John F. Robertson received his B.A. in history from St. Joseph’s College in 1971, and his M.A. (1977) and Ph.D. (1981) from the University of Pennsylvania.
Office: Powers 205
Phone: (989) 774–1145
Office Hours: (pdf)
Research and Teaching Interests
Professor Robertson’s research interests focus principally on the social and economic history of the ancient Middle East, with particular concentration on ancient Mesopotamian systems of social and economic organization and intra-societal tensions and conflict during the third to first millennia B.C.E. His research also includes early urbanization and state formation, and cross-cultural interaction in the ancient Middle East and Egypt, as well as the Bronze Age Aegean. His interest in the social and economic history of the ancient world also encompasses the Classical Mediterranean, Hellenistic, Roman/Byzantine, Parthian/Sassanid, and early Islamic Middle East.
He also pursues a significant scholarly and teaching interest in the modern (18th- to 21st-century) Greater Middle East, with particular focus on the history of the relationships between the Middle East and the West, the Arab-Israeli relationship and conflict, and the impact of Euro-American actions and policies in the region. In that role, he has published numerous essays and been interviewed and cited in diverse media outlets, including the Associated Press, CNN, and the Voice of Russia.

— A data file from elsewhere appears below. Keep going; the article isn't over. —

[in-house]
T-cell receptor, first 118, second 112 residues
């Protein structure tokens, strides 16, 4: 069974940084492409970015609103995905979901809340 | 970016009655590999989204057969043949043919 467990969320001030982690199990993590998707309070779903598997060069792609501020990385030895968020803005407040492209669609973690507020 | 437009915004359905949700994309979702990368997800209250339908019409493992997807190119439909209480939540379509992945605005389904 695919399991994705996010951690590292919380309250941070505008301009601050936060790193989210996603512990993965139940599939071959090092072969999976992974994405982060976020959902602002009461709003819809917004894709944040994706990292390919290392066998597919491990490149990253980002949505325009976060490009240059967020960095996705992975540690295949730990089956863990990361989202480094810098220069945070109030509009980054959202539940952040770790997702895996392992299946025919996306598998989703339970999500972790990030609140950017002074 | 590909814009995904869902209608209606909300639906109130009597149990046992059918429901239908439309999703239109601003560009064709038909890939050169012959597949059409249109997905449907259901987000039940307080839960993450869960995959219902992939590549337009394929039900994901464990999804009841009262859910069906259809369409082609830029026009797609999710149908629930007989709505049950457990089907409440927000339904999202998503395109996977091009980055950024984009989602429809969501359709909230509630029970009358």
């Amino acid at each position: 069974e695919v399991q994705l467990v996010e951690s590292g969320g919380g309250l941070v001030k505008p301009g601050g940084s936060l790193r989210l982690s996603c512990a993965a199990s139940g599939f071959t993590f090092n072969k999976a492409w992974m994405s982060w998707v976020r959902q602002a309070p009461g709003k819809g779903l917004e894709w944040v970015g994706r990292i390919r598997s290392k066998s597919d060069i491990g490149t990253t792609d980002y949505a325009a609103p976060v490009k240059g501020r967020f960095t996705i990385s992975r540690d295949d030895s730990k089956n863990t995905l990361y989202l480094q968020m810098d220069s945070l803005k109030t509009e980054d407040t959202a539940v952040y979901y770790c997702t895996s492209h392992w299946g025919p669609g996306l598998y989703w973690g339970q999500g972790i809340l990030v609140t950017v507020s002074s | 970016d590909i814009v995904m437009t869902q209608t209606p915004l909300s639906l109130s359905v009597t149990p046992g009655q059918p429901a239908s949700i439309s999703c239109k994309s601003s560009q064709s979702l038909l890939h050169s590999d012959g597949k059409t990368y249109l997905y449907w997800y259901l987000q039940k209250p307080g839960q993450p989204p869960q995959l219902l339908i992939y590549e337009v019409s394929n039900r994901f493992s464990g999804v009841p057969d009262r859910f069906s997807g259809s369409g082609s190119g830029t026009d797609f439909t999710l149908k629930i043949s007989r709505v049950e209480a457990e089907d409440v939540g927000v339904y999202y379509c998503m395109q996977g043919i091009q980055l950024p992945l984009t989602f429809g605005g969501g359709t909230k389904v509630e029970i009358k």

Cursed Cradle: A Short History of Mesopotamia/Iraq (Oxford: One World Publications, forthcoming 2013).
Perpsectives From the Past: Primary Sources in Western Civilizations, 5th ed. (New York: W. W. Norton, 2012), 4th ed. (2009).
“Social Structure and Mobility, Ancient Near East,” in The Encyclopedia of Ancient History, ed. Roger Bagnall et al. (Wiley-Blackwell, 2012).
“Nomads, ‘Barbarians,’ and Societal Collapse in the Historiography of Ancient Southwest Asia,” in If a Man Builds a Joyful House: Assyriological Studies in Honor of Erle Verdun Leichty, edited by Ann K. Guinan et al. (Leiden: Brill, 2006), 325–336.
“Social Tension in the Ancient Near East,” in A Companion to the Ancient Near East, ed. Daniel Snell (London: Blackwell, 2005).